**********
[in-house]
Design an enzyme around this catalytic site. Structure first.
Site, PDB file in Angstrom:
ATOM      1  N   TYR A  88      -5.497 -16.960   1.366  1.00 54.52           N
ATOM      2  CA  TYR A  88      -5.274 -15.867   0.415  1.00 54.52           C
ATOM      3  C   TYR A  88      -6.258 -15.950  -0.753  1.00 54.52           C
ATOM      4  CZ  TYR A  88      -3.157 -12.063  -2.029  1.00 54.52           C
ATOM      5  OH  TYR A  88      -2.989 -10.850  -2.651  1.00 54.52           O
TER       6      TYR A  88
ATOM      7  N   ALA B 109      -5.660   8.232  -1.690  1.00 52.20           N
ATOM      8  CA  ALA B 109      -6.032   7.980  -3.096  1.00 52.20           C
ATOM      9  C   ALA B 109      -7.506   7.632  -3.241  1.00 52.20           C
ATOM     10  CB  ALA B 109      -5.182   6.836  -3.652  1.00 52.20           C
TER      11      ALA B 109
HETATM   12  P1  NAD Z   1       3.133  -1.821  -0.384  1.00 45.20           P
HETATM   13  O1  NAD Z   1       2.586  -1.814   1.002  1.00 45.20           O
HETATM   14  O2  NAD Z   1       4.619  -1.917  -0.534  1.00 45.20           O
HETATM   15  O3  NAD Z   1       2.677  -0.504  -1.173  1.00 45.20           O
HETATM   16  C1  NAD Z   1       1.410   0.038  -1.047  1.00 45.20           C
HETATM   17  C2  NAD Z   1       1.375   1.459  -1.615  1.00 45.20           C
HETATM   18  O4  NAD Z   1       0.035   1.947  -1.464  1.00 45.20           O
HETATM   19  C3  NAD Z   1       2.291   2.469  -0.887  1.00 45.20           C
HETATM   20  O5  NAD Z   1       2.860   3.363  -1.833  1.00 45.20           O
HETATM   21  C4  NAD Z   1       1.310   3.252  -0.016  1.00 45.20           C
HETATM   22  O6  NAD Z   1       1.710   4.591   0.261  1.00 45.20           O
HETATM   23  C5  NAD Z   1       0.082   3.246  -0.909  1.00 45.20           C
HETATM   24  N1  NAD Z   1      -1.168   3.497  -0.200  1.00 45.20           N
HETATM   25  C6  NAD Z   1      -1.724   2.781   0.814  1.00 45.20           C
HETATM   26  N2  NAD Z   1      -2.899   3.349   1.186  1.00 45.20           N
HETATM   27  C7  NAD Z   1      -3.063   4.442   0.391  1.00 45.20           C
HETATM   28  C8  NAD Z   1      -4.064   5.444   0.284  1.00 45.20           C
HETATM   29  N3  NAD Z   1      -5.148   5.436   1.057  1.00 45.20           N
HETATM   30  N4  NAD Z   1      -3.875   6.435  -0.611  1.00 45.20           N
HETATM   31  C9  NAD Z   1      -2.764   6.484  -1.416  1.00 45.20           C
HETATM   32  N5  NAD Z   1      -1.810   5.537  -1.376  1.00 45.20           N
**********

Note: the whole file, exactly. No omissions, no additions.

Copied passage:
[in-house]
Design an enzyme around this catalytic site. Structure first.
Site, PDB file in Angstrom:
ATOM      1  N   TYR A  88      -5.497 -16.960   1.366  1.00 54.52           N
ATOM      2  CA  TYR A  88      -5.274 -15.867   0.415  1.00 54.52           C
ATOM      3  C   TYR A  88      -6.258 -15.950  -0.753  1.00 54.52           C
ATOM      4  CZ  TYR A  88      -3.157 -12.063  -2.029  1.00 54.52           C
ATOM      5  OH  TYR A  88      -2.989 -10.850  -2.651  1.00 54.52           O
TER       6      TYR A  88
ATOM      7  N   ALA B 109      -5.660   8.232  -1.690  1.00 52.20           N
ATOM      8  CA  ALA B 109      -6.032   7.980  -3.096  1.00 52.20           C
ATOM      9  C   ALA B 109      -7.506   7.632  -3.241  1.00 52.20           C
ATOM     10  CB  ALA B 109      -5.182   6.836  -3.652  1.00 52.20           C
TER      11      ALA B 109
HETATM   12  P1  NAD Z   1       3.133  -1.821  -0.384  1.00 45.20           P
HETATM   13  O1  NAD Z   1       2.586  -1.814   1.002  1.00 45.20           O
HETATM   14  O2  NAD Z   1       4.619  -1.917  -0.534  1.00 45.20           O
HETATM   15  O3  NAD Z   1       2.677  -0.504  -1.173  1.00 45.20           O
HETATM   16  C1  NAD Z   1       1.410   0.038  -1.047  1.00 45.20           C
HETATM   17  C2  NAD Z   1       1.375   1.459  -1.615  1.00 45.20           C
HETATM   18  O4  NAD Z   1       0.035   1.947  -1.464  1.00 45.20           O
HETATM   19  C3  NAD Z   1       2.291   2.469  -0.887  1.00 45.20           C
HETATM   20  O5  NAD Z   1       2.860   3.363  -1.833  1.00 45.20           O
HETATM   21  C4  NAD Z   1       1.310   3.252  -0.016  1.00 45.20           C
HETATM   22  O6  NAD Z   1       1.710   4.591   0.261  1.00 45.20           O
HETATM   23  C5  NAD Z   1       0.082   3.246  -0.909  1.00 45.20           C
HETATM   24  N1  NAD Z   1      -1.168   3.497  -0.200  1.00 45.20           N
HETATM   25  C6  NAD Z   1      -1.724   2.781   0.814  1.00 45.20           C
HETATM   26  N2  NAD Z   1      -2.899   3.349   1.186  1.00 45.20           N
HETATM   27  C7  NAD Z   1      -3.063   4.442   0.391  1.00 45.20           C
HETATM   28  C8  NAD Z   1      -4.064   5.444   0.284  1.00 45.20           C
HETATM   29  N3  NAD Z   1      -5.148   5.436   1.057  1.00 45.20           N
HETATM   30  N4  NAD Z   1      -3.875   6.435  -0.611  1.00 45.20           N
HETATM   31  C9  NAD Z   1      -2.764   6.484  -1.416  1.00 45.20           C
HETATM   32  N5  NAD Z   1      -1.810   5.537  -1.376  1.00 45.20           N